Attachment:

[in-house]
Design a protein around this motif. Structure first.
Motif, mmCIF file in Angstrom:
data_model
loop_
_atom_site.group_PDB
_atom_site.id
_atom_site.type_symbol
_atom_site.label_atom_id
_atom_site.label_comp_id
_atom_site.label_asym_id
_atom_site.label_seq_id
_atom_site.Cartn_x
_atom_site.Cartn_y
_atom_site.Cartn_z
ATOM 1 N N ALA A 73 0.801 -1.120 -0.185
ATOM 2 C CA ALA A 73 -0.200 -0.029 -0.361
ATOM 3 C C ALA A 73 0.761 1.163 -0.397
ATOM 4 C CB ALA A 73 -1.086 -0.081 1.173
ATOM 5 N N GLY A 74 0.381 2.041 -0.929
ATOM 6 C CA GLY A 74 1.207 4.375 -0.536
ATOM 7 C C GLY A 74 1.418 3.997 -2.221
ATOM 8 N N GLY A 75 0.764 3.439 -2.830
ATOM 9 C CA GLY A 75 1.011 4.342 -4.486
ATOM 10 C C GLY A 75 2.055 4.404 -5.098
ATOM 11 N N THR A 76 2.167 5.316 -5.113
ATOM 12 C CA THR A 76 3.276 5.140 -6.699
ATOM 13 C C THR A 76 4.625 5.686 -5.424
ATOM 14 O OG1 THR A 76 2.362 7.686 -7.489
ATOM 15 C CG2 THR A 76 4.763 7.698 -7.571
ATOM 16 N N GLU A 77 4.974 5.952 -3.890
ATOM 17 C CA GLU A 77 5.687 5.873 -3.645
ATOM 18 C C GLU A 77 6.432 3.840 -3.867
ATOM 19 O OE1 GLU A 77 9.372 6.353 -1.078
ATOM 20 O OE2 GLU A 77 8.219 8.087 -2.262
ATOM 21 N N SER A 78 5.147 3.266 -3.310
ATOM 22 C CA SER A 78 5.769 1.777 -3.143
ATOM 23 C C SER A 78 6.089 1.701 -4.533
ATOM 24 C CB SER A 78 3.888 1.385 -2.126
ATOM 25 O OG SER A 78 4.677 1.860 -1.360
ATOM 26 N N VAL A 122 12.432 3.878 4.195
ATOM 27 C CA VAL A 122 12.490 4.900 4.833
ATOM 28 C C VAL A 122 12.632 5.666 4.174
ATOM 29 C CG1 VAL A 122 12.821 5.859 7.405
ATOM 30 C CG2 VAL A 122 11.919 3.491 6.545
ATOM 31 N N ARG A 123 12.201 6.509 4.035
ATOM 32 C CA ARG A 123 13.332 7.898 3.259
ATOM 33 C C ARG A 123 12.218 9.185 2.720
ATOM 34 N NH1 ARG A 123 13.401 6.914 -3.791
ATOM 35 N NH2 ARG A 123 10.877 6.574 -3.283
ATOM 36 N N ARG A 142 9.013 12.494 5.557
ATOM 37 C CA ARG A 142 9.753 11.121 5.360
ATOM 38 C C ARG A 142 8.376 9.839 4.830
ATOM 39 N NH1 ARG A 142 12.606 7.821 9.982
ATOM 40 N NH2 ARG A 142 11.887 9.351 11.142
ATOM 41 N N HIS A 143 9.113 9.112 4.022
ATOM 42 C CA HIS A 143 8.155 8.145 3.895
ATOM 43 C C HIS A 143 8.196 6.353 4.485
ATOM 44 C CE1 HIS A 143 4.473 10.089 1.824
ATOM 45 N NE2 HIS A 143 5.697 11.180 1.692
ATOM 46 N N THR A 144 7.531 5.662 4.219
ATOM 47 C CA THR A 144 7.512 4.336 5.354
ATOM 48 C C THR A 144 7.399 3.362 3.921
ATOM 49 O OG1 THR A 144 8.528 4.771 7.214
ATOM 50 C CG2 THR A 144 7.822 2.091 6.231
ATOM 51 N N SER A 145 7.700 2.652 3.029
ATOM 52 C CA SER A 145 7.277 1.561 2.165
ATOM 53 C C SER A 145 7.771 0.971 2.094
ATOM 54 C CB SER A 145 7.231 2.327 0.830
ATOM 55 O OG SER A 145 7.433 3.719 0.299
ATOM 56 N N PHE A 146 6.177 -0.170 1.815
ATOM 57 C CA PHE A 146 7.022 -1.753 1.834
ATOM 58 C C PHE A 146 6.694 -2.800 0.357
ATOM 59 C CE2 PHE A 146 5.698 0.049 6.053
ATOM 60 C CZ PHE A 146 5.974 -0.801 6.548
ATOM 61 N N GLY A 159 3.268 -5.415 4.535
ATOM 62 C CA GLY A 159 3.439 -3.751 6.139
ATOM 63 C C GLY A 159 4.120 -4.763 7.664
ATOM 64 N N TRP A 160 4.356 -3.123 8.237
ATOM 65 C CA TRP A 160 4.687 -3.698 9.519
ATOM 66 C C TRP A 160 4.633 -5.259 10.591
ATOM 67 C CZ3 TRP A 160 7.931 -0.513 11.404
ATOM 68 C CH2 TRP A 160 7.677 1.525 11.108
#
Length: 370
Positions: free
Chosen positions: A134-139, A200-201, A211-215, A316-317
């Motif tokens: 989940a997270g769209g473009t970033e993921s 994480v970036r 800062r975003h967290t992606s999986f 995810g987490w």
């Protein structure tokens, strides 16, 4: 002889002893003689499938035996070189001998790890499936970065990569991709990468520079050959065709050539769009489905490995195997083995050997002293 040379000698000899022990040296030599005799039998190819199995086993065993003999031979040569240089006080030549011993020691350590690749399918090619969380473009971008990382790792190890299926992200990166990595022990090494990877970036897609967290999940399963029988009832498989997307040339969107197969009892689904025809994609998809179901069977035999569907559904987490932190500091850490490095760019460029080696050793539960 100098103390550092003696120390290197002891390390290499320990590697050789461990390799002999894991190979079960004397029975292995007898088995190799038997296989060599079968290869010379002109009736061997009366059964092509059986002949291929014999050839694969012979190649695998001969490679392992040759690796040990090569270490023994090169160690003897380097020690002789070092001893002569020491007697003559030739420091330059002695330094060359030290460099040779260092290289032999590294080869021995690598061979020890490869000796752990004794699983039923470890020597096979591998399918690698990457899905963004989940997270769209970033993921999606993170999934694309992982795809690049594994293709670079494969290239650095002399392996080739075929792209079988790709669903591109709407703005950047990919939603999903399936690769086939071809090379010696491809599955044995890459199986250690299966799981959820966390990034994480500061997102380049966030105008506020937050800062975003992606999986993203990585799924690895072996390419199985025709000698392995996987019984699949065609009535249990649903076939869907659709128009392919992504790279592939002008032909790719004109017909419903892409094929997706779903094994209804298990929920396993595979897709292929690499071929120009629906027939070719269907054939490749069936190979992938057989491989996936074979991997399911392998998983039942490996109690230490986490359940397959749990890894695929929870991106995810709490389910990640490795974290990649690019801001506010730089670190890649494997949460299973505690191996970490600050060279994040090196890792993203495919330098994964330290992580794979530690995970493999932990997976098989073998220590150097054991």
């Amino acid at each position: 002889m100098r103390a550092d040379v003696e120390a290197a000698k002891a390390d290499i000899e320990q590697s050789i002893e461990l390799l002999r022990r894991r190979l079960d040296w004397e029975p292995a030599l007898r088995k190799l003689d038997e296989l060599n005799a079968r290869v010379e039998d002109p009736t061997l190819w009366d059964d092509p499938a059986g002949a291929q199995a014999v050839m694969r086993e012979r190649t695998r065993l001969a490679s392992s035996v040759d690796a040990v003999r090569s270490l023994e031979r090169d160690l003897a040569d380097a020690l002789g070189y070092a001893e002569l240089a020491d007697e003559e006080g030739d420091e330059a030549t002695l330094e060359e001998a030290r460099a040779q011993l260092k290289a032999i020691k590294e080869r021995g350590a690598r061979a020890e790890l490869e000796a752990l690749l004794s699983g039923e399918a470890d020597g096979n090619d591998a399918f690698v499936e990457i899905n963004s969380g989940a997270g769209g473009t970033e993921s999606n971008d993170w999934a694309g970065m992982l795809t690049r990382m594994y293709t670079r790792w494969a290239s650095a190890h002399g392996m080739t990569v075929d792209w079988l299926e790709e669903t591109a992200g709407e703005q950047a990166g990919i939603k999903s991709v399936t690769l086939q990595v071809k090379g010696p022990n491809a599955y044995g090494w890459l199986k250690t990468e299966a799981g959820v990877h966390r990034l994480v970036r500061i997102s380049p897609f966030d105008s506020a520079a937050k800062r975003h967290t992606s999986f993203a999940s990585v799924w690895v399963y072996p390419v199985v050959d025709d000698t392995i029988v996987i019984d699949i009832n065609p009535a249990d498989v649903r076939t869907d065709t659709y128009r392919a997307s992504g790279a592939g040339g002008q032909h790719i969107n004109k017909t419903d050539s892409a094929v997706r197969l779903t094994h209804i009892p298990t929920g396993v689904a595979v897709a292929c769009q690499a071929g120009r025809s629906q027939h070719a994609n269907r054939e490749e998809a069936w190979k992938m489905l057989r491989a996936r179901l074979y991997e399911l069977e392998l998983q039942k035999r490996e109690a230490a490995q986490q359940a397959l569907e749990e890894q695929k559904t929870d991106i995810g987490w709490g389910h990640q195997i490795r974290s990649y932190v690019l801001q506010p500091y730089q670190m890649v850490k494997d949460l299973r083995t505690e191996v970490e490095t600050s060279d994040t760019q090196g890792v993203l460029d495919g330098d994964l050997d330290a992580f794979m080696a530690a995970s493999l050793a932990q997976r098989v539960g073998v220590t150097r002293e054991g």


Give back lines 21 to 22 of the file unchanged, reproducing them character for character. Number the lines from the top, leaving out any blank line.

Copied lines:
ATOM 6 C CA GLY A 74 1.207 4.375 -0.536
ATOM 7 C C GLY A 74 1.418 3.997 -2.221